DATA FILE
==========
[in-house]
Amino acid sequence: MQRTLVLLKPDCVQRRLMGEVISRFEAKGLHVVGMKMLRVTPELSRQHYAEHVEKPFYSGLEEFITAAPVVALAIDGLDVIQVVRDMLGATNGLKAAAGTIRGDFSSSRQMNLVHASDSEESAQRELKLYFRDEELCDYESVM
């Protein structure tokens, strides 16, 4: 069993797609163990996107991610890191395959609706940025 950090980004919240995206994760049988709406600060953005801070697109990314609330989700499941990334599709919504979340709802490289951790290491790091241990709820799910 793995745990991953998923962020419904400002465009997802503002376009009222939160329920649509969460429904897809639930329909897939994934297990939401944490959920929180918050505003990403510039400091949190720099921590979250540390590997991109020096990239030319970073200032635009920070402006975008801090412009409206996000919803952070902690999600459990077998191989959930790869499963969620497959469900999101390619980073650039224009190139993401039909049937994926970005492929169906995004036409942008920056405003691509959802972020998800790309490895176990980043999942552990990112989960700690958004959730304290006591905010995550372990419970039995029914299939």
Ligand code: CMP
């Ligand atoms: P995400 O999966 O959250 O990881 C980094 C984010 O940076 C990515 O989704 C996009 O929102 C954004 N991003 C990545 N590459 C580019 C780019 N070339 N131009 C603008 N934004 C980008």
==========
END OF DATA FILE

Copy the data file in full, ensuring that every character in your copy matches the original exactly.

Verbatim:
[in-house]
Amino acid sequence: MQRTLVLLKPDCVQRRLMGEVISRFEAKGLHVVGMKMLRVTPELSRQHYAEHVEKPFYSGLEEFITAAPVVALAIDGLDVIQVVRDMLGATNGLKAAAGTIRGDFSSSRQMNLVHASDSEESAQRELKLYFRDEELCDYESVM
């Protein structure tokens, strides 16, 4: 069993797609163990996107991610890191395959609706940025 950090980004919240995206994760049988709406600060953005801070697109990314609330989700499941990334599709919504979340709802490289951790290491790091241990709820799910 793995745990991953998923962020419904400002465009997802503002376009009222939160329920649509969460429904897809639930329909897939994934297990939401944490959920929180918050505003990403510039400091949190720099921590979250540390590997991109020096990239030319970073200032635009920070402006975008801090412009409206996000919803952070902690999600459990077998191989959930790869499963969620497959469900999101390619980073650039224009190139993401039909049937994926970005492929169906995004036409942008920056405003691509959802972020998800790309490895176990980043999942552990990112989960700690958004959730304290006591905010995550372990419970039995029914299939």
Ligand code: CMP
């Ligand atoms: P995400 O999966 O959250 O990881 C980094 C984010 O940076 C990515 O989704 C996009 O929102 C954004 N991003 C990545 N590459 C580019 C780019 N070339 N131009 C603008 N934004 C980008």